Impact of Substance Use Disorder Pharmacotherapy on Executive Function: A Narrative Review

Butler, Kevin and Le Foll, Bernard (2019) Impact of Substance Use Disorder Pharmacotherapy on Executive Function: A Narrative Review. Frontiers in Psychiatry, 10. ISSN 1664-0640

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Substance use disorders are chronic, relapsing, and harmful conditions characterized by executive dysfunction. While there are currently no approved pharmacotherapy options for stimulant and cannabis use disorders, there are several evidence-based options available to help reduce symptoms during detoxification and aid long-term cessation for those with tobacco, alcohol and opioid use disorders. While these medication options have shown clinical efficacy, less is known regarding their potential to enhance executive function. This narrative review aims to provide a brief overview of research that has investigated whether commonly used pharmacotherapies for these substance use disorders (nicotine, bupropion, varenicline, disulfiram, acamprosate, nalmefene, naltrexone, methadone, buprenorphine, and lofexidine) effect three core executive function components (working memory, inhibitory control and cognitive flexibility). While pharmacotherapy-induced enhancement of executive function may improve cessation outcomes in dependent populations, there are limited and inconsistent findings regarding the effects of these medications on executive function. We discuss possible reasons for the mixed findings and suggest some future avenues of work that may enhance the understanding of addiction pharmacotherapy and cognitive training interventions and lead to improved patient outcomes.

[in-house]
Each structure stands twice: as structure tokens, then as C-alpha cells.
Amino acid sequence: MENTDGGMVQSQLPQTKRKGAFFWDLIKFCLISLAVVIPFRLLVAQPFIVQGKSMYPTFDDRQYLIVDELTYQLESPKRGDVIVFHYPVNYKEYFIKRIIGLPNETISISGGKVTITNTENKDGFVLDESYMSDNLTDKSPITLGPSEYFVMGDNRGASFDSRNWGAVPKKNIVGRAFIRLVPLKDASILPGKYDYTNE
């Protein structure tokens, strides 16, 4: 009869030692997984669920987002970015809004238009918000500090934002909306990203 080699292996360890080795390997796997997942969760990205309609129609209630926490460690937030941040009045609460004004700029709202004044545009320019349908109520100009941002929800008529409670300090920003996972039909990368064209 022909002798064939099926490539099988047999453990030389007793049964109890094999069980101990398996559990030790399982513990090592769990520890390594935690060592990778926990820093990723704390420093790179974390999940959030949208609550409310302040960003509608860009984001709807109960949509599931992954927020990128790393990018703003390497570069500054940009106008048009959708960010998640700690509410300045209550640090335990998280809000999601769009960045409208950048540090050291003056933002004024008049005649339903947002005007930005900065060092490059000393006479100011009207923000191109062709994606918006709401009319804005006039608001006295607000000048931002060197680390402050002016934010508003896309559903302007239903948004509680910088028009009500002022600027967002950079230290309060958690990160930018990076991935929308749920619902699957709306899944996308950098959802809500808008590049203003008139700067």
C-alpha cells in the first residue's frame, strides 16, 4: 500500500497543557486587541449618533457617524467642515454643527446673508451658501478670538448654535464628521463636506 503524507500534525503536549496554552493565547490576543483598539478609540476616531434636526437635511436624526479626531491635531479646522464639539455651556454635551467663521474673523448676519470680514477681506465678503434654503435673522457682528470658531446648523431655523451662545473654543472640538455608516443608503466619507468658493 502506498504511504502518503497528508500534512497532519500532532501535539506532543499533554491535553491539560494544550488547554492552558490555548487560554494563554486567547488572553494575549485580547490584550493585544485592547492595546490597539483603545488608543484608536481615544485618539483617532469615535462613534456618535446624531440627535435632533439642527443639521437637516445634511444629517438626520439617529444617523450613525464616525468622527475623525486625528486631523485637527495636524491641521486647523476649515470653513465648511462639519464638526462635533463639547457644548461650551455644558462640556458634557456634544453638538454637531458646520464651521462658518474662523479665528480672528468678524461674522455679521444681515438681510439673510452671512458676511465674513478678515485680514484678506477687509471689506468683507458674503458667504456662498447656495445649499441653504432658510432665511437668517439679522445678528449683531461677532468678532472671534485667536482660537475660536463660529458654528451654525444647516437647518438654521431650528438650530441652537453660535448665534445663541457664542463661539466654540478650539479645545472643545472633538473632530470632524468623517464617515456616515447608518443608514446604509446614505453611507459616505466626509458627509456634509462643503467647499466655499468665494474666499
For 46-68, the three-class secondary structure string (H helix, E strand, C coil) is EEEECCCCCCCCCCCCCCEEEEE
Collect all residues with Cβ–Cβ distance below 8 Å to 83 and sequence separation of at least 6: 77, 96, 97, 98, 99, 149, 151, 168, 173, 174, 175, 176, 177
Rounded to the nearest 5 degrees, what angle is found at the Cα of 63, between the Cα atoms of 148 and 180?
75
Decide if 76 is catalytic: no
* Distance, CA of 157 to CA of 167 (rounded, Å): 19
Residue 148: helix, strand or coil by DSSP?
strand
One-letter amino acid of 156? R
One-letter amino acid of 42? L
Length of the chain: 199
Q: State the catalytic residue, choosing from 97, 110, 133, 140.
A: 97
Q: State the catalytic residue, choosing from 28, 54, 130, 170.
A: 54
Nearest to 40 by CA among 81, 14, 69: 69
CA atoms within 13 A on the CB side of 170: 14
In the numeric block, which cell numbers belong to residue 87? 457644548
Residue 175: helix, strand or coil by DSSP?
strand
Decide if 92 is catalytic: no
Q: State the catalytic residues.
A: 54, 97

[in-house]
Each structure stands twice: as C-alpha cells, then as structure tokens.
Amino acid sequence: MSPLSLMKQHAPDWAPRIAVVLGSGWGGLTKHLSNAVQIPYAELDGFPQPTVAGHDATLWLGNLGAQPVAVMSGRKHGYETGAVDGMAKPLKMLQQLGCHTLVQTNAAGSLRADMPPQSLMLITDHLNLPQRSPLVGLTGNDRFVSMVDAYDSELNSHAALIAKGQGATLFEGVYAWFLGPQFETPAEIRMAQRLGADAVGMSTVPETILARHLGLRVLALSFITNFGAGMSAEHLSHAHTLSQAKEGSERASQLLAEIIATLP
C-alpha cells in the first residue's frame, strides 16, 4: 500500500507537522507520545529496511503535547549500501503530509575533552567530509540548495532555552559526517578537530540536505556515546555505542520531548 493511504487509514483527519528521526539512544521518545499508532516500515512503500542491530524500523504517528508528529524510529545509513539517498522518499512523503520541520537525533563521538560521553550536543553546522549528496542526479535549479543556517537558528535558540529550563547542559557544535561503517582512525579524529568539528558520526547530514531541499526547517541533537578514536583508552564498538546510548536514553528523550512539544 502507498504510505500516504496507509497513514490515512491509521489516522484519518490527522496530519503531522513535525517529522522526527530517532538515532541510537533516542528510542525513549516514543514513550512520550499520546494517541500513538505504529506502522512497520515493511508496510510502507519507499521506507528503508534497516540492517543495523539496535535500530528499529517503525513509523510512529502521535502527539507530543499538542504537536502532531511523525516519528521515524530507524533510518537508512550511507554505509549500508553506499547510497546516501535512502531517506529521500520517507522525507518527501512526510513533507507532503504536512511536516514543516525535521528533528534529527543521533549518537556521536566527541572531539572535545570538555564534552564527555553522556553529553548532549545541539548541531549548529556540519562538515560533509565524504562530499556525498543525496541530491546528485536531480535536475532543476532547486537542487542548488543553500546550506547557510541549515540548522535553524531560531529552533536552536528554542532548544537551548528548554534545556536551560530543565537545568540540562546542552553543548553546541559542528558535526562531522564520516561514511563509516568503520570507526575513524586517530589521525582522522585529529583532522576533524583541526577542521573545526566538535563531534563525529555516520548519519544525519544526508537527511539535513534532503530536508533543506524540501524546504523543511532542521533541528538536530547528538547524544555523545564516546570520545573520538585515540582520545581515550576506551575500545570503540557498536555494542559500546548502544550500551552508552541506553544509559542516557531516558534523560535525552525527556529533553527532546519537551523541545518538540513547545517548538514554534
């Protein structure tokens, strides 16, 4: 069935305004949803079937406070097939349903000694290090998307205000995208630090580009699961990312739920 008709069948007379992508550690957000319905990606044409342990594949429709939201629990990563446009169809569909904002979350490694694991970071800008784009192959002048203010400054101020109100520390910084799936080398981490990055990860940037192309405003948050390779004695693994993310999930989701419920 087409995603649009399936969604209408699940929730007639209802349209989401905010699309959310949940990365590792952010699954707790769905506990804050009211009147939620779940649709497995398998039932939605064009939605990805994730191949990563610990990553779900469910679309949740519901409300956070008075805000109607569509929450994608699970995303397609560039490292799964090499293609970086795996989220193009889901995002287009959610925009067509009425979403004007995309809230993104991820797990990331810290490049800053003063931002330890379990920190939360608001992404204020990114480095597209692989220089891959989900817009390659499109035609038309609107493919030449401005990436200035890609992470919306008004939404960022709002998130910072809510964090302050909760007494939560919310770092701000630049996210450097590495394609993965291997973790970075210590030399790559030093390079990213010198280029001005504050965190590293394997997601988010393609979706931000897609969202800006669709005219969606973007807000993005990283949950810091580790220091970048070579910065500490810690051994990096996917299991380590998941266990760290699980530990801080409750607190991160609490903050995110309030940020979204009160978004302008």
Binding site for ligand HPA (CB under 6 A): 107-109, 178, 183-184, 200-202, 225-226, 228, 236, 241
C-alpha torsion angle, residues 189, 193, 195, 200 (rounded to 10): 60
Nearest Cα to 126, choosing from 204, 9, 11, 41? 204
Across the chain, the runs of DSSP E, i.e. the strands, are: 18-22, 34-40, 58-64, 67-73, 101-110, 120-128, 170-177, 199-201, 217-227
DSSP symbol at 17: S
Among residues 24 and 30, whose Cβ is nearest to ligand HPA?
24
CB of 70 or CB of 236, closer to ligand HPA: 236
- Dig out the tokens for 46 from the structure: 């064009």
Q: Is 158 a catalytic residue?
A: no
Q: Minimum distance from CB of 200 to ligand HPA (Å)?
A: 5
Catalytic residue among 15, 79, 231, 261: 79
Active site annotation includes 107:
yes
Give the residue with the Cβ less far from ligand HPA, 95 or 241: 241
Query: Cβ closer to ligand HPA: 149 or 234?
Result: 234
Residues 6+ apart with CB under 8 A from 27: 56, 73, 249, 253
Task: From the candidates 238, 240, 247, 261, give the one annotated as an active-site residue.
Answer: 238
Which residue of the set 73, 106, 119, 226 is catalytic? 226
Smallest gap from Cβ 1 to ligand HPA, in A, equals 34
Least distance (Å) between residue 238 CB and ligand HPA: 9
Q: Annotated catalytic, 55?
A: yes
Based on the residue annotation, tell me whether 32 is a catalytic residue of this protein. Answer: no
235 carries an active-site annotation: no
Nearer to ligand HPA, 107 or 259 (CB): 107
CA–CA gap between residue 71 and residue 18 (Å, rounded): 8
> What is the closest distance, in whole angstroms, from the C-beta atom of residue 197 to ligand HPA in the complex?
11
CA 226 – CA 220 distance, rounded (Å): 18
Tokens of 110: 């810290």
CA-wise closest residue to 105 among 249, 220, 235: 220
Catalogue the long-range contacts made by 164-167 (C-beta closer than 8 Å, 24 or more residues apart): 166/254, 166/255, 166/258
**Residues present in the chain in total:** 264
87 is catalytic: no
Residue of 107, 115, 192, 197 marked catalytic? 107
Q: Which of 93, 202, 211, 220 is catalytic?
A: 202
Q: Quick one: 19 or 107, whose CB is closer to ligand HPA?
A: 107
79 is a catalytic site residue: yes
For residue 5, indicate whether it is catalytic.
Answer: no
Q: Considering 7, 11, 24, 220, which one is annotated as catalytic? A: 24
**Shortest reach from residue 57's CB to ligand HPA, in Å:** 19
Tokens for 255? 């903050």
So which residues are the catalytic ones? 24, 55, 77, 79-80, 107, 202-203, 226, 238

Item Type: Article
Divisions: Faculty of Health Sciences and Wellbeing > School of Pharmacy and Pharmaceutical Sciences
Depositing User: Leah Maughan
Date Deposited: 26 Jul 2021 10:31
Last Modified: 26 Jul 2021 10:45
ORCID for Kevin Butler: ORCID iD

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